Apple's next tablet is known as the iPad 2 Plus, iPad HD, or simply iPad 3, and some iOS 5 coding revealed that it should sport a screen with double the current resolution, or 2048x1536 pixels. The high-res slate is supposedly aimed at professional graphic designers, film editors and the like, and rumored to come with dedicated versions of Apple's image and video editing software.
It was supposed to hit before holiday time this year, with 1.5-2 million units in Q3, and 5-6 million volume in Q4. That all sounds great, but the typical for Digitimes "upstream supply chain sources" warn that these high-resolution LCD displays are not at all easy to manufacture in quantities and with a price that an Apple gadget would demand, so the iPad 3 has allegedly been pushed for 2012. If they push it a bit more, they might just hit the regular yearly iPad upgrade, we'd say. If Apple, which has state-of-the-art supply chain, is not able to source such displays, then other manufacturers rumored to prep similar high-res tablets might delay their plans as well.
What's interesting, though, is that the sources mention Sharp as the default screen supplier, and state its production is too costly for Apple, while LG and Samsung are cited as alternatives, but unable to provide enough yield of the high-res 9.7" panels. The need for additional lighting bar was mentioned, as well as the needed tradeoff between a thin chassis, and a durable display, when commenting on the production difficulties.
This new mention of an Apple-Sharp partnership might be another confirmation where the rumored HD displays for next year's iPhone might come from, since we already had a Japanese newspaper claim that Apple has chosen Sharp's next generation low temperature poly-silicon LCD screen technology.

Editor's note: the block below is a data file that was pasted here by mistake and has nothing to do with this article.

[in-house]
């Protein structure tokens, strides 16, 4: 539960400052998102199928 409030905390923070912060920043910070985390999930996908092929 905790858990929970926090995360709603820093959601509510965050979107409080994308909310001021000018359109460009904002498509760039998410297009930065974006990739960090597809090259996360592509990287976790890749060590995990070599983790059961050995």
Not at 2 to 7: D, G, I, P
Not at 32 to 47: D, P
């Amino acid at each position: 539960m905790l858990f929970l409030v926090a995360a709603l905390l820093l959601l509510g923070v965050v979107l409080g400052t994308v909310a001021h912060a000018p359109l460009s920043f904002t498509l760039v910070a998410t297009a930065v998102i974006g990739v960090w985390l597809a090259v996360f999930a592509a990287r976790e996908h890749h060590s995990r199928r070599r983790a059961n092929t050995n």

Sharp is supposed to start manufacturing the displays in the spring of next year, and is allegedly prepping equipment at its state-of-the-art Kameyama plant, where the Japanese company makes LCD TVs. Here is what Sharp had to say about this in its last quarter's earnings call:
"Meanwhile, in mobile LCDs, we will accelerate conversion of production lines at the Kameyama Plant and a shift to growth areas, including LCDs for smartphones and tablet terminals. At the same time, we will work to commercialize mobile LCDs using oxide semiconductor, InGaZnO (IGZO), developed in collaboration with Semiconductor Energy Laboratory Co., Ltd. This will allow us to create high value-added LCDs for next-generation mobile devices, featuring high definition, thin profile and low power consumption, which will contribute to enhancing the competitiveness of our LCD business."
These thin high-res screens with low energy consumption from Sharp obviously don't come cheap, though, and an iPad display is much more expensive than the smaller iPhone one, skewing the profit margins, which might be one of Apple's reasons for the delay.
source: Digitimes & DisplayBlog